I wonder, though, if this is the best response. A monument is a great idea – but I think a monument making the positive case for what atheists believe, in explicitly secular terms, would do a better job of communicating what is so beautiful or good about the secular philosophy. I fear this particular quote could be seen as telling religious people what they can’t do rather than celebrating what’s good about atheism. The quote is right and the Ten Commandments monument is wrong for precisely those reasons, but I suspect many religious people would see that and think of the atheists who put it up as being too reactive and negative.

  • Ryan

    Doesn’t this seem like a bit of a “childish” response? “I didn’t get my way, so now I’m going to be as divisive and controversial as possible.” Is this bench actually going to foster dialogue? (something we lack and desperately need) Does quoting Bible verses without context encourage credibility for any faith (or non-faith) perspective? If we want government to be less connected to a particular religion, respond with who you vote for. In the end, lets hope that one day a priest, a rabbi, and a atheist sit down on the bench to eat lunch…I think there is a joke in there somewhere…

    • David Simon

      The Ten Commandments specifically exclude non-Christian Americans. If we can’t get the government that represents us to stop promoting it by repeatedly pointing that out, then it’s only reasonable that we bring attention to this unfairness by taking advantage of the same ridiculous loophole.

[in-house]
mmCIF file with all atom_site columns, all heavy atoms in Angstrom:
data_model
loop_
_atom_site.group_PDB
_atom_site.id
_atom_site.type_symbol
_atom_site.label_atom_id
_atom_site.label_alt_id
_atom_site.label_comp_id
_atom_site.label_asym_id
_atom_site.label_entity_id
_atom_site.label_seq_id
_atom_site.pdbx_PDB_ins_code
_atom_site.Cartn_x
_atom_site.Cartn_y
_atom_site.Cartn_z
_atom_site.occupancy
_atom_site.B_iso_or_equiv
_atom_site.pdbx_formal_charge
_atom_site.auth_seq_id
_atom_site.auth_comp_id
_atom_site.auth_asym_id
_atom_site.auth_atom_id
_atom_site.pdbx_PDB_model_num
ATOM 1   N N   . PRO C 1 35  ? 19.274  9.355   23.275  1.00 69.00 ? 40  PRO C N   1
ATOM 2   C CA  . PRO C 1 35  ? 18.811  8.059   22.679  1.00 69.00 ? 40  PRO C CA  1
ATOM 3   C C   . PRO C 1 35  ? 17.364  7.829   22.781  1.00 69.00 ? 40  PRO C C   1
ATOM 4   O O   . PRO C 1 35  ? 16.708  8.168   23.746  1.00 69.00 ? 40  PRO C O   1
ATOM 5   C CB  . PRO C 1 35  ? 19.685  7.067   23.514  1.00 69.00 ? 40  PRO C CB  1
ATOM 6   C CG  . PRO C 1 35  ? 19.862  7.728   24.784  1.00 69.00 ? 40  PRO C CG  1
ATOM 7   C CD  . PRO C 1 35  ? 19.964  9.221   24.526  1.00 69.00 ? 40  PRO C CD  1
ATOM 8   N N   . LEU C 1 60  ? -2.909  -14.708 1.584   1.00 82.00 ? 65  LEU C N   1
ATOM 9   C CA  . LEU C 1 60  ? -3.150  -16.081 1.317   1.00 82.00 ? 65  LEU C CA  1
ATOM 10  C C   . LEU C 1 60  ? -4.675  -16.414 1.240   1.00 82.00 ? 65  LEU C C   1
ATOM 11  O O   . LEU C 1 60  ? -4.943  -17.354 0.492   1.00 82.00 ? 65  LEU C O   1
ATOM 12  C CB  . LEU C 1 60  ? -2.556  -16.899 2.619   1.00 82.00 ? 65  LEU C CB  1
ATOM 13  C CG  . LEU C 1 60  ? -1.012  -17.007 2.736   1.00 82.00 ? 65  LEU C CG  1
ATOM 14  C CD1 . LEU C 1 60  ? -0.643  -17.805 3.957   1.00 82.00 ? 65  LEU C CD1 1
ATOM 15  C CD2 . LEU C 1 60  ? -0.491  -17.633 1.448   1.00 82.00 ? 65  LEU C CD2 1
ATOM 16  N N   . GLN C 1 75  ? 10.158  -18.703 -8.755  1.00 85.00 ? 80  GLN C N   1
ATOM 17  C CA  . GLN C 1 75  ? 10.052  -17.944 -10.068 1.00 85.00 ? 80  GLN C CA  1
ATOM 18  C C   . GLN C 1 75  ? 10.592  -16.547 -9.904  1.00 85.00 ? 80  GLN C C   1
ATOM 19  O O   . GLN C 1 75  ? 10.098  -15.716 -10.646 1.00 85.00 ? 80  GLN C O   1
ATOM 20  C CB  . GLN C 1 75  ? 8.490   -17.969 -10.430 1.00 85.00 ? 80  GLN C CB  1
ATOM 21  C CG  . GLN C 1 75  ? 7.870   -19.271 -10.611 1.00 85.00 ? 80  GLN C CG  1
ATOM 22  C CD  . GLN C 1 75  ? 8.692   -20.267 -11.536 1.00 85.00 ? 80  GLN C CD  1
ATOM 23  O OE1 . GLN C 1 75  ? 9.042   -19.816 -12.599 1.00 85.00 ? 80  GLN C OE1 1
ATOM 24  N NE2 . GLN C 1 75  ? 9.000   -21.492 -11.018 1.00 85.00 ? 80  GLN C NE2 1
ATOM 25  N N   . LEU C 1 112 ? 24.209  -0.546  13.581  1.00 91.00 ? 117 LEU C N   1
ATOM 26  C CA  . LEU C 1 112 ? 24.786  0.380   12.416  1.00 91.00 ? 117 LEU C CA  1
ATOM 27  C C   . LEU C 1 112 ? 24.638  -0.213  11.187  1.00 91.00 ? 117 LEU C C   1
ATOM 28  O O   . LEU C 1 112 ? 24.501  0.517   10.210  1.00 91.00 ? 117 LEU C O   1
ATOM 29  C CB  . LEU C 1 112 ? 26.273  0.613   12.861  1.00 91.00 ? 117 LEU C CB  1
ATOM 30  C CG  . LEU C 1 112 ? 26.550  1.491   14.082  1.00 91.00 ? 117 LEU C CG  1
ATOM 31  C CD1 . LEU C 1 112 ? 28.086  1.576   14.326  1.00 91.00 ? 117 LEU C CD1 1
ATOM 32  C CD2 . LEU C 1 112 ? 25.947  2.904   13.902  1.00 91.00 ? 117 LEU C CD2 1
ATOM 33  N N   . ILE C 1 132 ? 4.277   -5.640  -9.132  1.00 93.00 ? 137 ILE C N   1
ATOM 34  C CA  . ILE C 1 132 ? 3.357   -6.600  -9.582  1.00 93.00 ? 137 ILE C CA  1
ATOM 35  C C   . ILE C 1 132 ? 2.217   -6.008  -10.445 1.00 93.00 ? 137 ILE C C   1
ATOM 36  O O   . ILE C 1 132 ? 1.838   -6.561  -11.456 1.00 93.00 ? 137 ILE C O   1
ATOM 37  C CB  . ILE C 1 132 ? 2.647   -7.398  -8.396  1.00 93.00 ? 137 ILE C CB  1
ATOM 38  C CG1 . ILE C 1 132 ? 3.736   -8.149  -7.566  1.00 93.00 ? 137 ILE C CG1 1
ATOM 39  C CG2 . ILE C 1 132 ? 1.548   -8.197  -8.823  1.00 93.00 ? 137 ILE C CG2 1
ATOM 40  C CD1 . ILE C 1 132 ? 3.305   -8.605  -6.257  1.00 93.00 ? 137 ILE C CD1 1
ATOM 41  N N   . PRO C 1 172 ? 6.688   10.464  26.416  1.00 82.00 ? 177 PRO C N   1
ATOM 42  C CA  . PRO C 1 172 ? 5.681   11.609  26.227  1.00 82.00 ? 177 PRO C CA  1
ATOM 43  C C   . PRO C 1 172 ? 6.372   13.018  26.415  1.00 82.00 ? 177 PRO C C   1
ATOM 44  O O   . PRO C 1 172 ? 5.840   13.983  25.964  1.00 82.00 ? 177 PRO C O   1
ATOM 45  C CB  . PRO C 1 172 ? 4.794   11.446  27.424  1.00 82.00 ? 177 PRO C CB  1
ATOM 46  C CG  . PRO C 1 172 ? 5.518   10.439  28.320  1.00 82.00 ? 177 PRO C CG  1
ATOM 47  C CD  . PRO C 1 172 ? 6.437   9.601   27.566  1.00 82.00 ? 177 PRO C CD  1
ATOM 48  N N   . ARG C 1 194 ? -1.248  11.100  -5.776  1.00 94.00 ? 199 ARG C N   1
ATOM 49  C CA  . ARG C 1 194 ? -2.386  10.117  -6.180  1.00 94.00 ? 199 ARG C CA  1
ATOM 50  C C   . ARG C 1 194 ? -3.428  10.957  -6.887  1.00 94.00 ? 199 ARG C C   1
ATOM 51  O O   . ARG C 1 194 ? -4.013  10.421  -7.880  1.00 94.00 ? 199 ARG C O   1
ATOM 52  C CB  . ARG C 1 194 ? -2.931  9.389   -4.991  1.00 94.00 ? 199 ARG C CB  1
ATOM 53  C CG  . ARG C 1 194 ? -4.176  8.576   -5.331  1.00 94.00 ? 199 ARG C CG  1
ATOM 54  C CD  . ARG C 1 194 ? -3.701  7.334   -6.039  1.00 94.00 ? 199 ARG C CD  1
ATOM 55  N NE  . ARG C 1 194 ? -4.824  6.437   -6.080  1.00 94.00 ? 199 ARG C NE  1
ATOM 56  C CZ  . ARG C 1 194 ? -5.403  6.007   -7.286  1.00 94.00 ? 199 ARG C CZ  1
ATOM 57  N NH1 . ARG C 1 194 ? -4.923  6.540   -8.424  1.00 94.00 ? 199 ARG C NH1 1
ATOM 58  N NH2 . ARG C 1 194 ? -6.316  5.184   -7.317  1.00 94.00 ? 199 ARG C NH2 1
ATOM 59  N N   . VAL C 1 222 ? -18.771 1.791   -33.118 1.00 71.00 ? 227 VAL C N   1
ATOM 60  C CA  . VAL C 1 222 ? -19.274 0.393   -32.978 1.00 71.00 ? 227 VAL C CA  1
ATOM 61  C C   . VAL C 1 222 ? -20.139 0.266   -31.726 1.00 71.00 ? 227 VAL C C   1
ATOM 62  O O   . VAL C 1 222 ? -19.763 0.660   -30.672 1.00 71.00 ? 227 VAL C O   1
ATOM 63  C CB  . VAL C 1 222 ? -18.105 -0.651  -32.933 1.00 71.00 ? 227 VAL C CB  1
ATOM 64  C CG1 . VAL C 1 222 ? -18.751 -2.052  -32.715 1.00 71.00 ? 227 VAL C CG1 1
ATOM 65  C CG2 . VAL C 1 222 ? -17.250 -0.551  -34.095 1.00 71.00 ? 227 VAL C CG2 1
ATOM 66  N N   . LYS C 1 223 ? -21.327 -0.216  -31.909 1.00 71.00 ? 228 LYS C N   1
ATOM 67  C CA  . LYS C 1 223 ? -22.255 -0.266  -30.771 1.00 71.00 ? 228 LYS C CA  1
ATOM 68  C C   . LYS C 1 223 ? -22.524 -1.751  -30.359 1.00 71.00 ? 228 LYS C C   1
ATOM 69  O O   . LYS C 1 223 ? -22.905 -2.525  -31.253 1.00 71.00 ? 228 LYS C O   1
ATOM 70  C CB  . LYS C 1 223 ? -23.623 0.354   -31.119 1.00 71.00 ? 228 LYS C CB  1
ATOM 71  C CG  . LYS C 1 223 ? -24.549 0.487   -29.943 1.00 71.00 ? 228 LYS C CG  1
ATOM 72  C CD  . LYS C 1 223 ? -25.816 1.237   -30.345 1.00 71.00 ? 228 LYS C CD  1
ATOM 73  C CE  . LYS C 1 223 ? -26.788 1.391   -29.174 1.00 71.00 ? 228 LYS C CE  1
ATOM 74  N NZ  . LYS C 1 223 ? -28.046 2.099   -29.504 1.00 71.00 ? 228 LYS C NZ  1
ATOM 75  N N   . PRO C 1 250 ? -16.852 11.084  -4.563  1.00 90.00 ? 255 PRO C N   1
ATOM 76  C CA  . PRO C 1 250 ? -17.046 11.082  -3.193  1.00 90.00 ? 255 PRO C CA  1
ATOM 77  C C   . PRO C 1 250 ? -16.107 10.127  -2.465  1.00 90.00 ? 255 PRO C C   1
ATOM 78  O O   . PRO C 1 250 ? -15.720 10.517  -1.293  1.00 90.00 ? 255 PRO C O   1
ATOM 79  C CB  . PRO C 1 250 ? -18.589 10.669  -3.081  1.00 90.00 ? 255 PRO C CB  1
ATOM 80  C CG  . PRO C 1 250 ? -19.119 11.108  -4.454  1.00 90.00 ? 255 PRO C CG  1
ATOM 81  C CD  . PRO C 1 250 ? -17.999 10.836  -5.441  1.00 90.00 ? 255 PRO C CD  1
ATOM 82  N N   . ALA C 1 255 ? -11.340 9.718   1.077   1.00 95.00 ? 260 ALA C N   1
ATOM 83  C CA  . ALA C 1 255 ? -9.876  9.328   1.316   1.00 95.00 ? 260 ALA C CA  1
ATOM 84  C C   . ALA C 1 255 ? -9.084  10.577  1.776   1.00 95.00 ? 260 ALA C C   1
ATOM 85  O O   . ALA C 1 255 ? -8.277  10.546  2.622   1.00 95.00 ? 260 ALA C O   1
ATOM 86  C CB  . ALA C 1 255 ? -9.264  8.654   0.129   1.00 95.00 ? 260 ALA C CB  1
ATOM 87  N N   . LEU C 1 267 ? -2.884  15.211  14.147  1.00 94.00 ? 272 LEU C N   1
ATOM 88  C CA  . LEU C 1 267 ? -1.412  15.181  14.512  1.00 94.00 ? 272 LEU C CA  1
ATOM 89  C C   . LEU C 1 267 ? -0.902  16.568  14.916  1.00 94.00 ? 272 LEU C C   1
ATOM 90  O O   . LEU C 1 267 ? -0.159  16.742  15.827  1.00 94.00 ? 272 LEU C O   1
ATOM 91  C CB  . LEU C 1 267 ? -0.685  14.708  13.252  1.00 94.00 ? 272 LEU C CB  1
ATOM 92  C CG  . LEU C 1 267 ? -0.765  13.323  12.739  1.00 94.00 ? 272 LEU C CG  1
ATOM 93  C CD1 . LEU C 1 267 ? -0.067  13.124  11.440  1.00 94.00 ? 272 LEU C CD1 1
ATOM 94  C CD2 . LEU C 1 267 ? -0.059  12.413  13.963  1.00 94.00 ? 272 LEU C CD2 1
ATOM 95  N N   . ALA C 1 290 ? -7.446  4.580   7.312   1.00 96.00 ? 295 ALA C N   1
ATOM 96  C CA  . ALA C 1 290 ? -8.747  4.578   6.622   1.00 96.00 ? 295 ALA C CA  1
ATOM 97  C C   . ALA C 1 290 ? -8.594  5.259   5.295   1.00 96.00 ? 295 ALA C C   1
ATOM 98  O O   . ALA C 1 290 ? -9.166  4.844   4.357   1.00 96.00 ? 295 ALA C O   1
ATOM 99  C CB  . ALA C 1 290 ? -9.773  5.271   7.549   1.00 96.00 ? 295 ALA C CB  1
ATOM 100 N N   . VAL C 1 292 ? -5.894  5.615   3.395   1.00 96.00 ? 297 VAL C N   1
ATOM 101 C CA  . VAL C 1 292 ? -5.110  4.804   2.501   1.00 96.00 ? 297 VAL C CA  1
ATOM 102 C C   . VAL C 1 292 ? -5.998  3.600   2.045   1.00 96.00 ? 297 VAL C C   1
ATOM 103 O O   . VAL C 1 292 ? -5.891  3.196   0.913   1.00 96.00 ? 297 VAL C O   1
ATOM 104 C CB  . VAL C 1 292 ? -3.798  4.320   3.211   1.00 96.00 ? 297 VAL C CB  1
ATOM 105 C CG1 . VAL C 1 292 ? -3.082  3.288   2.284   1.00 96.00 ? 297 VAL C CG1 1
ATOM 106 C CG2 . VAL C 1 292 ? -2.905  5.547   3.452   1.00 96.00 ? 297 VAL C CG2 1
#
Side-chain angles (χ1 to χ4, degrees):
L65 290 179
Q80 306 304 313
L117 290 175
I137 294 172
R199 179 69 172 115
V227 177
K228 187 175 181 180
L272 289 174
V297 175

The problem with encouragement to “foster dialogue” (i.e. never say anything offensive), or to use some less noticeable means like voting, is that such a standard seems never to be evenly applied to both sides.

  • JohnH2

    I can see placing the Ten Commandments up at a courthouse along with the Code of Hammurabi, excerpts from the classics of Confucius, and other such things in a display emphasising the importance of the rule of law.

  • http://wateringgoodseeds.tumblr.com/ Shira Coffee

    First off, I found the ought (email coming in a couple minutes!)

    But also, and related to the ought, it seems to me that the reason people of Christian rearing feel that the Ten Commandments are appropriate at courthouses is not ONLY because of evangelism or triumphalism. Rather, I think they feel that these are the words by which people measure and restrain their behavior. As such, it not only seems fitting to display those words in a place of justice, but a call to remove those words feels like an attack on standards of behavior and self-restraint. This is a concern that the quotations on the new bench — which are probably concerned with liberty, though I couldn’t find the exact quotes — are unlikely to address.